Clickenzee to remember.
His openness about his fight was one of the most remarkable things about Jay, the fact that he let us know that he was not ok with dying, that he was afraid was all a part of his invitation, his request even, that we come along with him. He took us all on an extremely difficult journey in a way that I don't know anybody has ever done before. He never vanished from the story he was telling, he told it as long as he was physically able and we are all the richer for having been able to witness it.
I photographed the cover of his amazing book The Specific Gravity of Grief in which he writes eloquently about a fictional author dying of cancer and brings into it his own experience. He wanted people to know how much it hurt, and he also showed me a jar which contained a Dorito shaped wedge of his lung that doctors had just cut out.
He wanted me to photograph him getting up out of the bed, because it hurt an awful lot to do that and he wanted people to know that it hurt and to be able to see it on his face. He didn't internalize his suffering to shield us, because he wanted us to know what was happening.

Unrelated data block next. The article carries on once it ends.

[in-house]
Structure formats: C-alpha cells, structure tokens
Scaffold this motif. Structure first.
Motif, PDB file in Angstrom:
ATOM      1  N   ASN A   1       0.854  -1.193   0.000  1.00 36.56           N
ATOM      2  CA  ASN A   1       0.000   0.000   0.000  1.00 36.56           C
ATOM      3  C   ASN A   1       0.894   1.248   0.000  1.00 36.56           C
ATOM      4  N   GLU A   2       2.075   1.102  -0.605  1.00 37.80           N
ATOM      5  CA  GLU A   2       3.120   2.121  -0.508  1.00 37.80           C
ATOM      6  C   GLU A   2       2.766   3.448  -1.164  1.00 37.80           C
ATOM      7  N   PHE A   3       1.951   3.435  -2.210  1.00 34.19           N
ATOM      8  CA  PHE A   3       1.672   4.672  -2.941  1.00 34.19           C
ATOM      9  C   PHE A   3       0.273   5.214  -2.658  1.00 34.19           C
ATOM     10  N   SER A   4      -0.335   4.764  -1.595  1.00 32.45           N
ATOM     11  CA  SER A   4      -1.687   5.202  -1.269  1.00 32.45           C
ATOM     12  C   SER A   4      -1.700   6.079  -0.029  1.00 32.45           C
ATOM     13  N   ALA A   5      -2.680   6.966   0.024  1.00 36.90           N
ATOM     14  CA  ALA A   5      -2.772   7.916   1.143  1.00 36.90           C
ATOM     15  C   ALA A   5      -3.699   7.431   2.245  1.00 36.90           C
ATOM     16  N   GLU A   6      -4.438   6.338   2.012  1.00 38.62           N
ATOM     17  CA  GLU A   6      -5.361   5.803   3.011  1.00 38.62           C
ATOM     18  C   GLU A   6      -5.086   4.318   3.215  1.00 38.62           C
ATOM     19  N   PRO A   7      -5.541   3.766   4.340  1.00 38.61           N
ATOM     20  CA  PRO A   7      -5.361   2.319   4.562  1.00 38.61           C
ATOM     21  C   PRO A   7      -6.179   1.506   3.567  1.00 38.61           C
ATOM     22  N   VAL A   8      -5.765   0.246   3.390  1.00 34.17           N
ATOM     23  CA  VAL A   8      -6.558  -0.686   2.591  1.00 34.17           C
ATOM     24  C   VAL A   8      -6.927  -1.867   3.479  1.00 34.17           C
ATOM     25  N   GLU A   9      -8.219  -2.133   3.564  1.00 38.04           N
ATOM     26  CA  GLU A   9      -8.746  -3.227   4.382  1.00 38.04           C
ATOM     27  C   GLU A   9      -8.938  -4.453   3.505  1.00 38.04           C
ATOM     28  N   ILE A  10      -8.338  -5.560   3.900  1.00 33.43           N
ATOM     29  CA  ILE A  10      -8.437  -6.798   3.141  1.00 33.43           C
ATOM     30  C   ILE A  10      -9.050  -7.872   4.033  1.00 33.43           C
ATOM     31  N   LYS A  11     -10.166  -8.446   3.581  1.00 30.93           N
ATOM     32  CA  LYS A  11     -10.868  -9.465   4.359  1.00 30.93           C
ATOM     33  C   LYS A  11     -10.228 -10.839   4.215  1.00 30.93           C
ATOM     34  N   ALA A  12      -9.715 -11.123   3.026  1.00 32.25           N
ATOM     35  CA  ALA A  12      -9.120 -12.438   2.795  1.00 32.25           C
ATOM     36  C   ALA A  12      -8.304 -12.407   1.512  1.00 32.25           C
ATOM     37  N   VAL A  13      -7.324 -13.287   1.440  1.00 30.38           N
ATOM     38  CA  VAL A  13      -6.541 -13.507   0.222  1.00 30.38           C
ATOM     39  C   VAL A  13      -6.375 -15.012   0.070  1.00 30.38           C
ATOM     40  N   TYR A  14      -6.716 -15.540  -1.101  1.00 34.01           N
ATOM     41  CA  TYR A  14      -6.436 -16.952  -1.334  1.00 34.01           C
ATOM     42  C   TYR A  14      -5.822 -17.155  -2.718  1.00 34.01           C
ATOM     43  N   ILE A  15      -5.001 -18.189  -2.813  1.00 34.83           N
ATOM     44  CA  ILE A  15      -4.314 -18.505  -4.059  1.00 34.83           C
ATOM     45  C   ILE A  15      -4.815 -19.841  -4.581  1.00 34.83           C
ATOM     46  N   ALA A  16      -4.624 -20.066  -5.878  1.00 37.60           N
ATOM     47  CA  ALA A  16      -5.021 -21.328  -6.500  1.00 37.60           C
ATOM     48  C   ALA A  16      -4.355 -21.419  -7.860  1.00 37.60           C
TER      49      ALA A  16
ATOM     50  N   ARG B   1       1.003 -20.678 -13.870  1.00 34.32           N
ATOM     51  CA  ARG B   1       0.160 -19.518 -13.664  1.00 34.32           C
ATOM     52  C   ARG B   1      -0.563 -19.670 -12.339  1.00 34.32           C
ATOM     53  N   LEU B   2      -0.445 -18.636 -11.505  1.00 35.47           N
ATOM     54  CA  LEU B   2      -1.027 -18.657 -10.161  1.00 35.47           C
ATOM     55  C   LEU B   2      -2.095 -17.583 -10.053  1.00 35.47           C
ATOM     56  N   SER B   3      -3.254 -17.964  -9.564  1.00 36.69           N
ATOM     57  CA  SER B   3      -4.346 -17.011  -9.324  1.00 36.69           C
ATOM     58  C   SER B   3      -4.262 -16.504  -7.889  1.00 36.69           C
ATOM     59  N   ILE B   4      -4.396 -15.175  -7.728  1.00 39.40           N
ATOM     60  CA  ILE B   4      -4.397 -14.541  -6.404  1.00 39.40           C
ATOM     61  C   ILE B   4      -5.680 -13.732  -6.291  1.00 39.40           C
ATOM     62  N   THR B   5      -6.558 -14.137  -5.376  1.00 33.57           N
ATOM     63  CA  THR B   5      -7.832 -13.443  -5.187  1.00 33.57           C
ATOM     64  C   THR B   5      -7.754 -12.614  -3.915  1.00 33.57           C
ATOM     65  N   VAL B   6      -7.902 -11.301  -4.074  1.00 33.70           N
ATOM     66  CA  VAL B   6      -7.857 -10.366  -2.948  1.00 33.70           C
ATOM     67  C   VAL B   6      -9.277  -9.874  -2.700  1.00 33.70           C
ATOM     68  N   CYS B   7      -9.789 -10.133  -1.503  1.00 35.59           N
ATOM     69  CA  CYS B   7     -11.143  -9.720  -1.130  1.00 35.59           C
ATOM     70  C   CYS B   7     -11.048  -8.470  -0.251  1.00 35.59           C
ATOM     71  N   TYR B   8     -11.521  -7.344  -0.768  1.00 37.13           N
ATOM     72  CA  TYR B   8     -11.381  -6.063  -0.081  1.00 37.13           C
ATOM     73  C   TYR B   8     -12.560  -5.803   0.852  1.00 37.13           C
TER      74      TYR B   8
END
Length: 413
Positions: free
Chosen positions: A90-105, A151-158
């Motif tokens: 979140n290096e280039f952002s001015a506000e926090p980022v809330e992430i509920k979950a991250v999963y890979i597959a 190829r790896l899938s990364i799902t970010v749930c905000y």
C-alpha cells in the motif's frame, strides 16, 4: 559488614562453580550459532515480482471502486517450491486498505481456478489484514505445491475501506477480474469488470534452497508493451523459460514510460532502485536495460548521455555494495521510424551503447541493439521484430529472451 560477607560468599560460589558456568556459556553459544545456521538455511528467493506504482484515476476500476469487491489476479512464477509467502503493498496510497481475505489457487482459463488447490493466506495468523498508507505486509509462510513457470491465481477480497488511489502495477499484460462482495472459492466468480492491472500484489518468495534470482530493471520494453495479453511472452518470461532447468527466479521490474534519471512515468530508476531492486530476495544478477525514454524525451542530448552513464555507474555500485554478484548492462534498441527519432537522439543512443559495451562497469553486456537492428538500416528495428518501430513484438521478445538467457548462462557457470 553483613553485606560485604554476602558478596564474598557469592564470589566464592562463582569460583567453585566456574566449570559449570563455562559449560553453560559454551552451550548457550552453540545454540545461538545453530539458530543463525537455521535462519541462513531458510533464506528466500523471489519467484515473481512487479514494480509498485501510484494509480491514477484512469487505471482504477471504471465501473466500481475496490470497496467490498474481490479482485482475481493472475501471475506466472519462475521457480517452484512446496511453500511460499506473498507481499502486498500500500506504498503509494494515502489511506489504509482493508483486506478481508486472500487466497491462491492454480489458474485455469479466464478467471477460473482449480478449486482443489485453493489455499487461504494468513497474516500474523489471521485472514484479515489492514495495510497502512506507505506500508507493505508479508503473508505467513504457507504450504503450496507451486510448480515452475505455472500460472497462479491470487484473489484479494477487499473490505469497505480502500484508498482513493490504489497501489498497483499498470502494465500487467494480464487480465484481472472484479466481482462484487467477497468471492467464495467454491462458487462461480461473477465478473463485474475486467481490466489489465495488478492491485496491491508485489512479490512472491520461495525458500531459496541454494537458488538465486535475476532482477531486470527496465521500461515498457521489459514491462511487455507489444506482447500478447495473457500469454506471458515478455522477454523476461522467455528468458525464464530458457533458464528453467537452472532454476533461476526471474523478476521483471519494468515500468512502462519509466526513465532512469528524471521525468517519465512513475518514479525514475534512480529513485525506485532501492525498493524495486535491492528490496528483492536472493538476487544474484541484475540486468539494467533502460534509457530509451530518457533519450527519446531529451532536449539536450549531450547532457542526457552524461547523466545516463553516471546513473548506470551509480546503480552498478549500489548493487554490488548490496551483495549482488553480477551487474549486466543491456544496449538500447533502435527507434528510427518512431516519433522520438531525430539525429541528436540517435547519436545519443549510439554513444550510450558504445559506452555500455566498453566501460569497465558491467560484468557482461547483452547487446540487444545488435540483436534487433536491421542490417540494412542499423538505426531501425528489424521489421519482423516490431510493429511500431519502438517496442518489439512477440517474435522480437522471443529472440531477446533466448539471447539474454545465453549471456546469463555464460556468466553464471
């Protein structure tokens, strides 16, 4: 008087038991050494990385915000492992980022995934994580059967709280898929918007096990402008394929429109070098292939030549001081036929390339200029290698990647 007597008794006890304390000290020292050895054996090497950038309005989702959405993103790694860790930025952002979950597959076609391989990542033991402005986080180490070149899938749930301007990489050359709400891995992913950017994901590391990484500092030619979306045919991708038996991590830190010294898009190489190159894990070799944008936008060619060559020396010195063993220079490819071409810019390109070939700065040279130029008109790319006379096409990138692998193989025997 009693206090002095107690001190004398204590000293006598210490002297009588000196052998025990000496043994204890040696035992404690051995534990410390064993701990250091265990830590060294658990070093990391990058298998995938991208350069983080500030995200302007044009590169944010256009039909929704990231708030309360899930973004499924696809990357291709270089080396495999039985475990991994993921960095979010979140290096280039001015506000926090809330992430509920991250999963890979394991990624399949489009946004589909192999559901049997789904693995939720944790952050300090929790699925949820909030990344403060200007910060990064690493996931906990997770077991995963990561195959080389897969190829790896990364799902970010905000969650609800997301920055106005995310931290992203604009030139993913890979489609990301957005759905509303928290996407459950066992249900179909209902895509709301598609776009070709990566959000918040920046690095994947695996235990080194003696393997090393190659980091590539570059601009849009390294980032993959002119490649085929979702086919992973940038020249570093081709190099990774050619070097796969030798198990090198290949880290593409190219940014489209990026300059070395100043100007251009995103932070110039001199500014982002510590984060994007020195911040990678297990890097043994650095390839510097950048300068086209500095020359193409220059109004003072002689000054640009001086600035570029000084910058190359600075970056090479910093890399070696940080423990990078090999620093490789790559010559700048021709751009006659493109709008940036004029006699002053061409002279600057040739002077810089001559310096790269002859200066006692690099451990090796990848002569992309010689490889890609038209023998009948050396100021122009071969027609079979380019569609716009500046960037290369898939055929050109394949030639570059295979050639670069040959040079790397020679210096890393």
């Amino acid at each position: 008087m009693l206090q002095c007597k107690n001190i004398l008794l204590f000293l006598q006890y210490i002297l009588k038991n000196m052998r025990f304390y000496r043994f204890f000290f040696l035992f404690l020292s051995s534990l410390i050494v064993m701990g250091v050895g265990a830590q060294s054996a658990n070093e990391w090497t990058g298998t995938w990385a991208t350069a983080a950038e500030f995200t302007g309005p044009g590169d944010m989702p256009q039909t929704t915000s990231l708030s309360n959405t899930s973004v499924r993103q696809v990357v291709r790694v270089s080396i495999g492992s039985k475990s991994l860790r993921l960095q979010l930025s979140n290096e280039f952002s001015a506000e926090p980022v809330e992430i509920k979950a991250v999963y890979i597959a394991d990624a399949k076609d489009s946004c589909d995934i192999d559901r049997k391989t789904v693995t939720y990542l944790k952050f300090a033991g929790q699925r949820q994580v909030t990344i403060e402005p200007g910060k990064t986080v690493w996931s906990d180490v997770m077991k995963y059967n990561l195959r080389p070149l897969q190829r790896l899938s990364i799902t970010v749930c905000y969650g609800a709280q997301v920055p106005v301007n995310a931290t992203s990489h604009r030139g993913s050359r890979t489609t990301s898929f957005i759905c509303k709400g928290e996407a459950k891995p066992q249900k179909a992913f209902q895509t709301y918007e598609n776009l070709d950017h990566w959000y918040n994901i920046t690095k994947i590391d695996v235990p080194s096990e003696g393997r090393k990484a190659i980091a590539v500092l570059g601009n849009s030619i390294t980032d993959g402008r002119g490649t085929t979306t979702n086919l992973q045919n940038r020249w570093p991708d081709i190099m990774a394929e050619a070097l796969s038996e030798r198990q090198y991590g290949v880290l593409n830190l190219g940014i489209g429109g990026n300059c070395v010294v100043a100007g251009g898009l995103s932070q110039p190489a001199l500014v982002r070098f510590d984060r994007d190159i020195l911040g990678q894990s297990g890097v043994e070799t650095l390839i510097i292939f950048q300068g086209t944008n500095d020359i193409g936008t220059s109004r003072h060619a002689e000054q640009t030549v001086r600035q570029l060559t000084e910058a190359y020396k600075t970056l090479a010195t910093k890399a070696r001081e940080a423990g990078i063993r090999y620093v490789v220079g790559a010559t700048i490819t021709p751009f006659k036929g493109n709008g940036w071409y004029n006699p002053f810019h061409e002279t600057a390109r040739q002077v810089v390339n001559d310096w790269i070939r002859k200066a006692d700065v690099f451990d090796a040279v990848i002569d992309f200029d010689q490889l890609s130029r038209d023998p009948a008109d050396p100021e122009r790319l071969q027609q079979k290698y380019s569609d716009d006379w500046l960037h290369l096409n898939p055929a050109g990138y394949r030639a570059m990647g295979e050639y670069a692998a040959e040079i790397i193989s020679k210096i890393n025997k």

There were a number of remarkable things about Jay Lake, one was this gift, if you can call it that, of wanting to share this journey, and the other was his gregariousness. He was surrounded by people who loved and cared for him, and people upon whom he depended and who depended on him.
What I learned from Jay is that there are ways to deal with the inevitable. He held his funeral in advance so that he could attend it, he took time out to visit with people and, as much as possible, make the spectacle of his death into a party, but all that time he never pretended it was a party he was okay with throwing, he threw it because the other option was to sit quietly at home and wait for night instead of dancing with friends as the sun set.
My photograph of Jay for Where I Write: Fantasy & Science Fiction Authors in Their Creative Spaces. Clickenzee to Embiggen
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